She had been sent to make sure Mrs Borru had been to the loo so she had to stay and find out. The commode hadn’t even been moved since the morning, so there was no way to tell unless Magda went round the entire place – somebody said all sixty-five of them inmates, but Magda couldn’t count so didn’t know – asking if Mrs Borru had been to the loo today and been cleaned afterwards. She had to do her job right, or she might get sent back to kneeling and scrubbing and getting walloped at the Magdalenes amid those girls with the white faces where Lucy had done her first fall. Magda had only been a little girl back then, not nineteen.
‘Mr Brannigan was a right lad.’ Mrs Borru went back into her dreamy mode. ‘The first time we did it, we did it right here in this bed. He said I was brilliant.’
‘He said…’ Magda tried faintly.
‘He said my arse was sweet as a nut.’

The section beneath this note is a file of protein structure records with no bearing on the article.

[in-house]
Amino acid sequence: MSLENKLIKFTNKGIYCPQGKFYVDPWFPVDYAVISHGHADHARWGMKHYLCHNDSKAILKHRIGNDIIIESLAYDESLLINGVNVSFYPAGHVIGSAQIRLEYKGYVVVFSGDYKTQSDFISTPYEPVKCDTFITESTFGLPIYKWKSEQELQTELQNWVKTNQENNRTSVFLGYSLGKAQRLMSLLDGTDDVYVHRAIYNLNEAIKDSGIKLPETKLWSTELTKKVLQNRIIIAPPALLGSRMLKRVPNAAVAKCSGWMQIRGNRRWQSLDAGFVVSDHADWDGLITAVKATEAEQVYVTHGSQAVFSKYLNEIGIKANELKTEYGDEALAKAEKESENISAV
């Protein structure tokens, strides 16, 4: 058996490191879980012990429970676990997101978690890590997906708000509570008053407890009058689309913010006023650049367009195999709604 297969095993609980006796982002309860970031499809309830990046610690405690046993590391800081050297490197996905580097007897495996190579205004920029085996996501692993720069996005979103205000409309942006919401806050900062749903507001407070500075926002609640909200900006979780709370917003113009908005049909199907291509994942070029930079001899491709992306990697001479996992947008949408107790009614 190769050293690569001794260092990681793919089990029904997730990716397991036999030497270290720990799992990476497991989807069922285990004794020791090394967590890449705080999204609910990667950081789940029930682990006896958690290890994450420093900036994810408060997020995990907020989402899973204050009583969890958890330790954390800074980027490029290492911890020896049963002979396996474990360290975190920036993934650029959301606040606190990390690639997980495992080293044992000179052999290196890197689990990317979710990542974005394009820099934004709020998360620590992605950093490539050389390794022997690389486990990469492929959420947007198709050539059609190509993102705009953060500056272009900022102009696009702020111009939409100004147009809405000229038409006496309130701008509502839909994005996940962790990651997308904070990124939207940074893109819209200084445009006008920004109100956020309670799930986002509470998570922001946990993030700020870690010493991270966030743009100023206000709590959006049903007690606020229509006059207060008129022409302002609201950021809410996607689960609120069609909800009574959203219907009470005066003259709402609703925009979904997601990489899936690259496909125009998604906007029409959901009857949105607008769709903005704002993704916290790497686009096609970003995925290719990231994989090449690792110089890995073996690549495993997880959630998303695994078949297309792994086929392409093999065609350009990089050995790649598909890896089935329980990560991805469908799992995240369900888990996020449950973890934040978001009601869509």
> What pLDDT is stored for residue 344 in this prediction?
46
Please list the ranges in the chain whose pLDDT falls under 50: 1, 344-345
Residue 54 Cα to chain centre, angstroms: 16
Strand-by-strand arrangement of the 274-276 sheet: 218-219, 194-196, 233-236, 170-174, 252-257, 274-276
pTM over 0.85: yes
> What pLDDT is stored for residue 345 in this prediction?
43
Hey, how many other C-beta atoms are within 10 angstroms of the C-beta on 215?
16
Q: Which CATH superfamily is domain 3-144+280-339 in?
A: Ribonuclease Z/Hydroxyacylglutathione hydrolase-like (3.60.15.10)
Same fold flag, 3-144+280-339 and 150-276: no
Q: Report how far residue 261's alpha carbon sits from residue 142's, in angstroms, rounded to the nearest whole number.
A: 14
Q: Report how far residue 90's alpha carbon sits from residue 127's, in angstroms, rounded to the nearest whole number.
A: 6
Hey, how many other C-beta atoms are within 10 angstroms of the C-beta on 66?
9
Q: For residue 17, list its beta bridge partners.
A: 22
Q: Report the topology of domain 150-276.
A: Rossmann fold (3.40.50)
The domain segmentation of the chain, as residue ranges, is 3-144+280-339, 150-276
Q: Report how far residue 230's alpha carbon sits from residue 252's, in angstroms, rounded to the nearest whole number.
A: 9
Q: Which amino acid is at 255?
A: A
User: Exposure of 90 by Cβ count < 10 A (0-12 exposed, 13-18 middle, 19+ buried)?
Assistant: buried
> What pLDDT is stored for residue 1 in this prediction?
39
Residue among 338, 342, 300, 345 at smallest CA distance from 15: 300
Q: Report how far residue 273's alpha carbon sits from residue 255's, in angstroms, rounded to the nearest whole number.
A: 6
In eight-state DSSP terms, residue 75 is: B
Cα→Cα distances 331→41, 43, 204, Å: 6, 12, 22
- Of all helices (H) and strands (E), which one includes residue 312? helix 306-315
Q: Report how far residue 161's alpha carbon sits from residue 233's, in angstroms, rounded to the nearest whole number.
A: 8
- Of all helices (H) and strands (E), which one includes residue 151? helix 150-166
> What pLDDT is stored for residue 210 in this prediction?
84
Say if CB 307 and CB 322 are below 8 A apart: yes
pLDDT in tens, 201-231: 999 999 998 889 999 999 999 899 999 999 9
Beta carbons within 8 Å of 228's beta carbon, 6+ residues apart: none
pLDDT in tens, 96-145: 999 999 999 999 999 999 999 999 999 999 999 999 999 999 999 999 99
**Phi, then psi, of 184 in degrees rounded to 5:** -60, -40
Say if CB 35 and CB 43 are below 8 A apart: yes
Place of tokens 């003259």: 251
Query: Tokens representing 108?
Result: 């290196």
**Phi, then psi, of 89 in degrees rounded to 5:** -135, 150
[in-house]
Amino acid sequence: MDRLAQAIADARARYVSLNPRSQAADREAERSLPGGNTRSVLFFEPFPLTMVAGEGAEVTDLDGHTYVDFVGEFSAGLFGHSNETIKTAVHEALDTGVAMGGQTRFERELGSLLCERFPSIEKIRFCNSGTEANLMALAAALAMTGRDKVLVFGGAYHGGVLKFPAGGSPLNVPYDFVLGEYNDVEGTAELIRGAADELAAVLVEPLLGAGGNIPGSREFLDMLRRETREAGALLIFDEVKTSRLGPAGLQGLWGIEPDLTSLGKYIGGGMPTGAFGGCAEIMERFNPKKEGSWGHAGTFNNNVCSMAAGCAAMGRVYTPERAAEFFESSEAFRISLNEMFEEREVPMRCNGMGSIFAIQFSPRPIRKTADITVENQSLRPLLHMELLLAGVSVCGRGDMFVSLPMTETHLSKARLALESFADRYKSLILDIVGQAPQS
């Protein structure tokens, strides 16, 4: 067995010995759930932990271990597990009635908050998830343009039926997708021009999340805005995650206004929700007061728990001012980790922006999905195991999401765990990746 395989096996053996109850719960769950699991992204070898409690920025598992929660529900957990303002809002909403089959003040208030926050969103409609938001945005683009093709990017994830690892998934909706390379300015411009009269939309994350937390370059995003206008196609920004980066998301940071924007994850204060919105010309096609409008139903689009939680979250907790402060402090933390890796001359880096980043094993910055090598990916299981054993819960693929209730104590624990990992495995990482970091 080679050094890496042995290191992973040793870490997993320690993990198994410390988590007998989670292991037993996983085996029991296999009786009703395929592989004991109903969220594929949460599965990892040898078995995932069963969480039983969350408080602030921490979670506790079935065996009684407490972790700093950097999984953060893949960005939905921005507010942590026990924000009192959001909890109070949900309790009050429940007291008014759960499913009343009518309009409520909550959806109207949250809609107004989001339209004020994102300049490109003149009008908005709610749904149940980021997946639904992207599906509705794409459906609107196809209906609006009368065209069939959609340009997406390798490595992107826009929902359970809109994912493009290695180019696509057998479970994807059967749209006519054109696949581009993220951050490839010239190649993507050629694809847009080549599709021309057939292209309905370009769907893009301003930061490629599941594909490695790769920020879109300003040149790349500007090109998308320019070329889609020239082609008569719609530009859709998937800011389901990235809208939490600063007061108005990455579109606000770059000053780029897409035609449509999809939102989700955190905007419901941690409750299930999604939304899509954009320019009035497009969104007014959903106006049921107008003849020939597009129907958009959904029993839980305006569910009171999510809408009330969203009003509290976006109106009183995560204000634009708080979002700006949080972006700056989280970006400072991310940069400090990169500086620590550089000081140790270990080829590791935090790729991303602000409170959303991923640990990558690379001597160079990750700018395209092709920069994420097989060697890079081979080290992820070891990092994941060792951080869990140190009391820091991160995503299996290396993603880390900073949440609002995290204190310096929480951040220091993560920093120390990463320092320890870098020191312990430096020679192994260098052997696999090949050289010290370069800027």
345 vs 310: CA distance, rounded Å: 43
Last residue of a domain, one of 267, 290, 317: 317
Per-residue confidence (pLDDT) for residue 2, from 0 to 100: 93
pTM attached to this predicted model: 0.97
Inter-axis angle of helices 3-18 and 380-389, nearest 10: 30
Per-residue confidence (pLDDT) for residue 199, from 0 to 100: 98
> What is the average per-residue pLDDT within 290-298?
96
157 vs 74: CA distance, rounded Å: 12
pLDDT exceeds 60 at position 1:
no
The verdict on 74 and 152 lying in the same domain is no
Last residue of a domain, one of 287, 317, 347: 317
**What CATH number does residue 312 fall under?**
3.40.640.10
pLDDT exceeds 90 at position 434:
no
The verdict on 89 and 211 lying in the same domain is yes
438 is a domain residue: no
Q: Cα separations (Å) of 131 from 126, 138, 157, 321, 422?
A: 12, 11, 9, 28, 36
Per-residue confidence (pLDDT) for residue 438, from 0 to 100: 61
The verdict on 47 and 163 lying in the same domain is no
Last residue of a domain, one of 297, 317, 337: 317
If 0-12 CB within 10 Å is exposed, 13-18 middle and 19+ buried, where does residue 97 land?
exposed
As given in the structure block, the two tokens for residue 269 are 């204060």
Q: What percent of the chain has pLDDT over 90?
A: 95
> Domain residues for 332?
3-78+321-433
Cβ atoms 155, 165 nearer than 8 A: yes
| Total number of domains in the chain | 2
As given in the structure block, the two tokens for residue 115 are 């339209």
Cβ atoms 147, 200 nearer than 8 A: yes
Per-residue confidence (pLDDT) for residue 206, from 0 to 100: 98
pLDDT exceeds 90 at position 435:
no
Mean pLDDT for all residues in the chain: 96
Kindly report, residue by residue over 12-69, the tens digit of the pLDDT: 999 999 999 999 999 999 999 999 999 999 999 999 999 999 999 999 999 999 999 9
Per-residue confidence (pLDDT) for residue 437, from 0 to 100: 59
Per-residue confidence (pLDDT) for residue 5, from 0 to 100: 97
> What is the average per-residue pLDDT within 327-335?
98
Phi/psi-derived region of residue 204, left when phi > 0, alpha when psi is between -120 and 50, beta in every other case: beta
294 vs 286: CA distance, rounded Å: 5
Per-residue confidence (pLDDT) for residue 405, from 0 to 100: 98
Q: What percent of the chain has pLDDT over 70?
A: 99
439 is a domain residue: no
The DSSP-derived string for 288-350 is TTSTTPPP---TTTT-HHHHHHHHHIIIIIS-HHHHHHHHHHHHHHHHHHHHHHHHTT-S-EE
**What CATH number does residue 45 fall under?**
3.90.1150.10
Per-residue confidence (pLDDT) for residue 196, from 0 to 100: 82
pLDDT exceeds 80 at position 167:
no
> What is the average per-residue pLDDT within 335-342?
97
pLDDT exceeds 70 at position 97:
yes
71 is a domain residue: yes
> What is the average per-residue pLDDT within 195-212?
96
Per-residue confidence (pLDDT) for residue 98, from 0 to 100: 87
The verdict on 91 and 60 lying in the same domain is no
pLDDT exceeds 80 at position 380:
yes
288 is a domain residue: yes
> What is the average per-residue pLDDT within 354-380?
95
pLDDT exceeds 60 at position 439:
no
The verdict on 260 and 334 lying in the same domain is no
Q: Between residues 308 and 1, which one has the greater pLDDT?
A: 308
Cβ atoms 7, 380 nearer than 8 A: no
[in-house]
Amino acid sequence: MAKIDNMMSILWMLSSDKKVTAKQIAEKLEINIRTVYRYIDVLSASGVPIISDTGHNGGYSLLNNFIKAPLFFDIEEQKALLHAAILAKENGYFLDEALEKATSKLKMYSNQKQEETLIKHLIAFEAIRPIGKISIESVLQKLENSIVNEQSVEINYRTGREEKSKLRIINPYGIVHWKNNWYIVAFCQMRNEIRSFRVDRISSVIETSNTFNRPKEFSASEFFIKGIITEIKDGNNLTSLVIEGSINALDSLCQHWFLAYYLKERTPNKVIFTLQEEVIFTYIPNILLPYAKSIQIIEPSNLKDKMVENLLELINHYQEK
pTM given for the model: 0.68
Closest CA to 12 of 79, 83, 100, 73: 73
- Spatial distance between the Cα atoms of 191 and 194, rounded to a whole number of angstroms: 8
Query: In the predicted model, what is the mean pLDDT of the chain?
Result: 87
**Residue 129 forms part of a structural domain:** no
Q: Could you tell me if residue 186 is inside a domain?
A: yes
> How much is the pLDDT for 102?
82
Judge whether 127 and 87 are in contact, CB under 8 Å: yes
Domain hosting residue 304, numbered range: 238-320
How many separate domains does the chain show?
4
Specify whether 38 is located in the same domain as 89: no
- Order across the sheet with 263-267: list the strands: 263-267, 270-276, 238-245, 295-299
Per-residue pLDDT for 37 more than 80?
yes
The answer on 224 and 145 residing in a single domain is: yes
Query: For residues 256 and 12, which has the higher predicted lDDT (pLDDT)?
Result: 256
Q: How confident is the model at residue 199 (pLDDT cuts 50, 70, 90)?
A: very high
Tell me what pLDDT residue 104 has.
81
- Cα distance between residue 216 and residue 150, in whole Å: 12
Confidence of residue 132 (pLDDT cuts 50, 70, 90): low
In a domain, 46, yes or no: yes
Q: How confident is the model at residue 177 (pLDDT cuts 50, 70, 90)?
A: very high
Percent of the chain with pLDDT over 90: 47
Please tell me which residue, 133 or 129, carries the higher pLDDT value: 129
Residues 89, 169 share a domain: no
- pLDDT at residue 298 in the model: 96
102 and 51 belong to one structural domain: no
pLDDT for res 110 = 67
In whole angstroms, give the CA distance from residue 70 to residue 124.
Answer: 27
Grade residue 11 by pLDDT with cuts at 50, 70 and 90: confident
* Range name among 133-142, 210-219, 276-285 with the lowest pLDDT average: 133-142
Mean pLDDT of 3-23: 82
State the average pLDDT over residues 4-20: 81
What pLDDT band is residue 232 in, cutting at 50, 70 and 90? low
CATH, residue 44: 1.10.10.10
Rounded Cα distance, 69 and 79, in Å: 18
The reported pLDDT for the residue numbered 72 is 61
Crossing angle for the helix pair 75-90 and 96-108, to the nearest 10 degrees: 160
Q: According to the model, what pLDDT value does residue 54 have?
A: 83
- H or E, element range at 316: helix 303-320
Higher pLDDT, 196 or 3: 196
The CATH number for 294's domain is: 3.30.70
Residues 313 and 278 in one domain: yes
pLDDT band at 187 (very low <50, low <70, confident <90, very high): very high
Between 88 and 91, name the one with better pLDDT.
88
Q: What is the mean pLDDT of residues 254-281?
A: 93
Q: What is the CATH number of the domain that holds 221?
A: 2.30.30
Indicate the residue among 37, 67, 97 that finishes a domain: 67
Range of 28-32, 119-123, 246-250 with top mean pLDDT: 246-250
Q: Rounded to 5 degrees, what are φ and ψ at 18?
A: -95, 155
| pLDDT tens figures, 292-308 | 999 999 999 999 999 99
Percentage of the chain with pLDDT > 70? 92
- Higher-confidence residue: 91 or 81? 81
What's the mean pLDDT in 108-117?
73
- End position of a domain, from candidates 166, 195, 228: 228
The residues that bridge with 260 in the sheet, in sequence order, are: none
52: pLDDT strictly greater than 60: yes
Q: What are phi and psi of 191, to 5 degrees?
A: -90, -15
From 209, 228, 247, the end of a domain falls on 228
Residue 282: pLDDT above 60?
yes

‘I think there’s two sorts of men, don’t you?’
‘I don’t know.’
‘You’ll learn, girl.’
Magda tried not to ask the question but was drawn in despite herself. For some reason she thought of Chaucer, which she’d heard of when, unlettered as she was, she’d listened to the lettered girls in the Magdalenes talking after collecting the papers for the girls’ exam. One girl had said, ‘Just our luck, eh?’
and told Magda the notices said
Magda forever associated Chaucer, whoever or whatever he or it was, with evil thoughts, the sort you let in if you weren’t determined when you woke suddenly in the nights. Sometimes, she couldn’t sleep and wondered why she was this shape, and what God in His infinite wisdom thought He was playing at.
‘There’s the man who’s mesmerised by bosoms. And there’s the man who can’t stop being mesmerised by legs and bottoms. Mr Brannigan was fascinated by breasts. You know what I think, girl?’
‘No,’ Magda said, thinking, but Mr Brannigan’s barely yet cold with pennies on his eyes in the next room’s third alcove with his dinner going cold on the bed table.
It was sinful to talk like this. In fact, Magda knew it was dire sin to even think these things, and probably even worse in the scale of everything to listen to this old bat rabbiting on about how she and Mr Brannigan,